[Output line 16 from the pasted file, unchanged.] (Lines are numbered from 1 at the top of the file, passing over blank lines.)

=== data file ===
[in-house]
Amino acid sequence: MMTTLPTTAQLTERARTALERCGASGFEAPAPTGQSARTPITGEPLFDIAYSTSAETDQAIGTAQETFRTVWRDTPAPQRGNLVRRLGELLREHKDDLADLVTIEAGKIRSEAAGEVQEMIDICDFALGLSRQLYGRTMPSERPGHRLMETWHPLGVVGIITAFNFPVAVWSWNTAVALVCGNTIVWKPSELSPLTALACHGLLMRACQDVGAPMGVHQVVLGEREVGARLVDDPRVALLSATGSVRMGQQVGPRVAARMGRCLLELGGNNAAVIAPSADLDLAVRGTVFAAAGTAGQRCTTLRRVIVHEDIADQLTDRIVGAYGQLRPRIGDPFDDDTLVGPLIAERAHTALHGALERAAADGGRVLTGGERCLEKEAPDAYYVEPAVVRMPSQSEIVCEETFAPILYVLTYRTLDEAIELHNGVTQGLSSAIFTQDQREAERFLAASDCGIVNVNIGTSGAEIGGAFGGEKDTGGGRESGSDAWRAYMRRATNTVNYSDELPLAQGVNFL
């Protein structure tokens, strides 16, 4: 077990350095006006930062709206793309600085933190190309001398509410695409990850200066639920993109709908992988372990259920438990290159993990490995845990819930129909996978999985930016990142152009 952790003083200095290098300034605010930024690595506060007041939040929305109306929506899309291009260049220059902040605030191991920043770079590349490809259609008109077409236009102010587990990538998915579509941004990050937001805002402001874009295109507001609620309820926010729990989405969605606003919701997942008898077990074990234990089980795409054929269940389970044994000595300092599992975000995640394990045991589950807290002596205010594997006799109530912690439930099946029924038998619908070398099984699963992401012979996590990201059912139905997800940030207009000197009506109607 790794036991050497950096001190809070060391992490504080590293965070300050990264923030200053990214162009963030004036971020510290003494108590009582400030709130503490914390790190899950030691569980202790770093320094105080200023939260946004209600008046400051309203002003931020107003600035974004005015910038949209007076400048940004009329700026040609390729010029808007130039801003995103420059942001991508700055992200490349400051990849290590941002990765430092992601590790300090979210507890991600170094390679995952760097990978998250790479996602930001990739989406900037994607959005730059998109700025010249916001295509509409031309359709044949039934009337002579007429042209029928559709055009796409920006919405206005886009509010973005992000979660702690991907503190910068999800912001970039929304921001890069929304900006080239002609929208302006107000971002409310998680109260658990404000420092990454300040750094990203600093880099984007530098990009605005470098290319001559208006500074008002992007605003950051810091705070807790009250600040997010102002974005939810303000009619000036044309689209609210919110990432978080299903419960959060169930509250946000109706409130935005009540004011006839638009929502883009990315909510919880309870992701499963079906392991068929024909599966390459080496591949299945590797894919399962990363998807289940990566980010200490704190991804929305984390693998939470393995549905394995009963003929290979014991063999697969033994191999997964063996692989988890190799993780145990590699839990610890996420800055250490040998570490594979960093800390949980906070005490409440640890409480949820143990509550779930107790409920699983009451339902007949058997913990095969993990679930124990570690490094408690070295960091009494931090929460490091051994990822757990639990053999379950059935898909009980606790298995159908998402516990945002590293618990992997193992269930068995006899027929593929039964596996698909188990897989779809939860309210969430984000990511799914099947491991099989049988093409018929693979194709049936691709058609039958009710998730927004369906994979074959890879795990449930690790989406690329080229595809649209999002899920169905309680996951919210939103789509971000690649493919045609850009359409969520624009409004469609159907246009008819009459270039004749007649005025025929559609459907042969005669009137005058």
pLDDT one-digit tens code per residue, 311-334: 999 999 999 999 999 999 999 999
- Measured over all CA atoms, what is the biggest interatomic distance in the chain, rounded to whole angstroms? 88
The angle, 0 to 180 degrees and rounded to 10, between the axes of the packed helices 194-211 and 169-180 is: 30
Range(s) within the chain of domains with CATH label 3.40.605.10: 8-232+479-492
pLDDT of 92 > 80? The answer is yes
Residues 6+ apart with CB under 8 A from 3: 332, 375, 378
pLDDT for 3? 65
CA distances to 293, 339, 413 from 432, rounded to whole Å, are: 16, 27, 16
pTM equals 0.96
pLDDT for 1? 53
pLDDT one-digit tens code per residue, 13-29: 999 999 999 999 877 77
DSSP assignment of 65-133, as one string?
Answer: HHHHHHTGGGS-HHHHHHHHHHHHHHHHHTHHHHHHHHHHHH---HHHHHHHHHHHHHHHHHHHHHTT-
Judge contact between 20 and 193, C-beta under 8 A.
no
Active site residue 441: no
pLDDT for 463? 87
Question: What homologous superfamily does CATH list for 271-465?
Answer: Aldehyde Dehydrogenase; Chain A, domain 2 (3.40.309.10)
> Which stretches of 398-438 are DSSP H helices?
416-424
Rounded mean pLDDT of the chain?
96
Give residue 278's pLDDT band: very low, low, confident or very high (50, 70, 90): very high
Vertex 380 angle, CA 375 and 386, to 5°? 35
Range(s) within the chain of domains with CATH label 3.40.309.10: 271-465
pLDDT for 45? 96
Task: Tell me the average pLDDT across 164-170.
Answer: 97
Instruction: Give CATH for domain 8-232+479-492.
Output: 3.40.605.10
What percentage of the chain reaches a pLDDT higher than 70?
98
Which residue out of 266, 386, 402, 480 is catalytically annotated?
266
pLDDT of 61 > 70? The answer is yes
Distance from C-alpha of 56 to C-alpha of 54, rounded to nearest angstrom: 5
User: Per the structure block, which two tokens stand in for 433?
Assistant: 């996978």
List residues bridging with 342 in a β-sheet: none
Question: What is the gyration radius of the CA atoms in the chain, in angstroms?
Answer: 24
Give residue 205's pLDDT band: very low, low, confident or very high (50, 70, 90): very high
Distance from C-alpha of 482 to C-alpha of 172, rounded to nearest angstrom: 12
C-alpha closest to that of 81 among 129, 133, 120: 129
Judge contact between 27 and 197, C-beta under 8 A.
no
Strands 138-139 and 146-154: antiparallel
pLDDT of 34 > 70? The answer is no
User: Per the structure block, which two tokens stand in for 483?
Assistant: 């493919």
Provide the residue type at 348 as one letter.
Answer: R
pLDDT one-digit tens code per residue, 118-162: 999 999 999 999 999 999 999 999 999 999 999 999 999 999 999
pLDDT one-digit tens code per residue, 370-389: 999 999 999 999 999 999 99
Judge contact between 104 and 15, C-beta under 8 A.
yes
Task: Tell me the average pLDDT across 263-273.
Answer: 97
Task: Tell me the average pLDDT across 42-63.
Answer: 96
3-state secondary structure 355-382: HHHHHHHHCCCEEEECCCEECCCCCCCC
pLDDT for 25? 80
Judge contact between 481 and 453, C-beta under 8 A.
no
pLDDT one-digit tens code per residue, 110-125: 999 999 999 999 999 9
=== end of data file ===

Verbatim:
Answer: HHHHHHTGGGS-HHHHHHHHHHHHHHHHHTHHHHHHHHHHHH---HHHHHHHHHHHHHHHHHHHHHTT-